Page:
language structures is critical in ensuring successful language

    acquisition. This belief implies the omission of the L1 in the

    language classroom as it was believed that using L1 could hinder the

    development of proficiency in the second language (Then & Ting,

    2011). Also, it is believed that exposure to the appropriate sample of

    language is conducive to learning and development (Skiba, 1997). In

    the same vein, Cheng (2013) suggested in a quantitative research that

    maximum exposure of the TL was essential.

  • 236 A. A. Rezaee & S. Fathi

    Moreover, Ellis (2008) asserts that teachers' use of CS is still a

    sophisticated issue and raises a lot of challenges. Further, its use

    depends on the instructional context and also concerned with the

    interactionist viewpoint, in which learners must be exposed to

    maximum TL. As Cook (2001) states, strong and weak versions of

    this monolingual rule, being taken for granted as the foundation of

    language teaching (Cook, 2001, p. 404), influenced later language

    teaching approaches and methodologies like the audio-lingual method

    and task-based learning. This trend is a reflection of the doctrine that

    Macaro (2001) calls a maximal position, in which the L1 is

    necessarily an evil rather than a pedagogical resource. In addition,

    Sert (2005) argues that when a teacher makes a habit of clarifying

    instruction in L1 after introducing it in L2, there is a chance that

    learners, assured of receiving the L1, ignore the L2 instruction.

    Contrary to the belief that L1 use is destructive in the foreign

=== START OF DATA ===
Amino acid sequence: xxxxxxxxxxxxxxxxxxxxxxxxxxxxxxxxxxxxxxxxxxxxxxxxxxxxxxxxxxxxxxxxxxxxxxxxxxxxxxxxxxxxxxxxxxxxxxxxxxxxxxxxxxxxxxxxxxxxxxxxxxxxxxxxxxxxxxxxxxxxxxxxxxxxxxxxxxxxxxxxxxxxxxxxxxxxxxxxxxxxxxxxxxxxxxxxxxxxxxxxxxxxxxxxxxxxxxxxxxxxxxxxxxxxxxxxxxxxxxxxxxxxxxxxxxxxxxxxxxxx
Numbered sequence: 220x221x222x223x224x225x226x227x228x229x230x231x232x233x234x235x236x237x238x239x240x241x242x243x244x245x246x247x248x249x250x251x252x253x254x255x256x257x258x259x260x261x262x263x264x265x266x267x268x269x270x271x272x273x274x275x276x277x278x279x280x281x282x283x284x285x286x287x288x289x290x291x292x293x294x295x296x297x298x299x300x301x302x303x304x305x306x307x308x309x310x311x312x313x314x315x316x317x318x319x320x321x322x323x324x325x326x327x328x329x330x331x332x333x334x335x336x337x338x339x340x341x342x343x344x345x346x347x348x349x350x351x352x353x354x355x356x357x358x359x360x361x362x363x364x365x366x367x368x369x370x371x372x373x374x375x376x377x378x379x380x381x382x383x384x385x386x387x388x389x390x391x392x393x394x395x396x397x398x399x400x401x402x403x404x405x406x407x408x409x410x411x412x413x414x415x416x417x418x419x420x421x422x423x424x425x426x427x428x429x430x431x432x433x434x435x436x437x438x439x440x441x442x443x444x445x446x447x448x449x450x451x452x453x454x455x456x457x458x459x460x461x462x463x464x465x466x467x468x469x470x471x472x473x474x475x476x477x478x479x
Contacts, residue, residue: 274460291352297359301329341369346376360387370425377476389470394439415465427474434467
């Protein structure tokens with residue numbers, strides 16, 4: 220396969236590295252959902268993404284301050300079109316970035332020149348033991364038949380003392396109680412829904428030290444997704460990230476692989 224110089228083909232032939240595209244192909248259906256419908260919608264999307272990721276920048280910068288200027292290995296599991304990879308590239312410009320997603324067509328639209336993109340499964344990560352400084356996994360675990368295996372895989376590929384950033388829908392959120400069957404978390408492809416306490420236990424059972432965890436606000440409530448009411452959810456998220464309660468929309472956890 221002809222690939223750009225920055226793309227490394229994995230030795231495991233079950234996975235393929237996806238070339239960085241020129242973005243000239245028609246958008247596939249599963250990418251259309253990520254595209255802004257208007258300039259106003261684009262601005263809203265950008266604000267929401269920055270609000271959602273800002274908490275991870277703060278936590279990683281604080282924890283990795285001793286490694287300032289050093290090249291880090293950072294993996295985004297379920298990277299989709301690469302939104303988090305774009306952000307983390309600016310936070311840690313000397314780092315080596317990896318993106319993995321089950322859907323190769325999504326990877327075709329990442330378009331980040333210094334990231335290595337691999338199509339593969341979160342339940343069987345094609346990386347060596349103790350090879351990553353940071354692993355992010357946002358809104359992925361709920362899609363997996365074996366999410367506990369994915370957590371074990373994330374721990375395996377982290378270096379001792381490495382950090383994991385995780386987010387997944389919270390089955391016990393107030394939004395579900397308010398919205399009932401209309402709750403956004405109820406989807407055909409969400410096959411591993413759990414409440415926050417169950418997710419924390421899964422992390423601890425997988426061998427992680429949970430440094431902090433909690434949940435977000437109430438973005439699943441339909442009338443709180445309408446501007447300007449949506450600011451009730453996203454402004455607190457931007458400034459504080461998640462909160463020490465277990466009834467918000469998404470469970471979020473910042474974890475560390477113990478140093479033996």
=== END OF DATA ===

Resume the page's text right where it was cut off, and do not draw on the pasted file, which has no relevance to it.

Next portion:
language classroom, many researchers are now arguing that L1 can be

    beneficial as a cognitive tool that aids in TL learning (Dailey-OCain

    & Liebscher, 2009). These claims have encouraged them to argue in

    favor of some sort of principled switching between first and second

    language use in the foreign language classroom. However, according

    to Skiba (1997), CS is not a language interference as it supplements

    and facilitates speech. For instance, where it is used due to lack of

    language knowledge, CS ensures flow of speech rather than

    presenting an interference in language. In this regard CS is more of a

    supporting toolbox in exchanging information and in social

    interaction. Likewise, Sert (2005) concludes that using CS bridges the

    gap between known and unknown and is an important tool in teaching

    language if used efficiently.

    A number of researches have indicated that CS does not

    necessarily show the lack of competence but it can be considered as

    nobility for communication (e.g., Hansen 2003; Shin 2005). Although

    it might interrupt the flow of the conversation, it still provides

    opportunity for students to learn (Skiba, 1997). Some researchers

    (e.g., Cook, 2001; Macaro, 2001) support principled and judicious use

    of the L1 as a sign of responsive and effective teaching for which

    educators should not be embarrassed. Cook (2001) has questioned the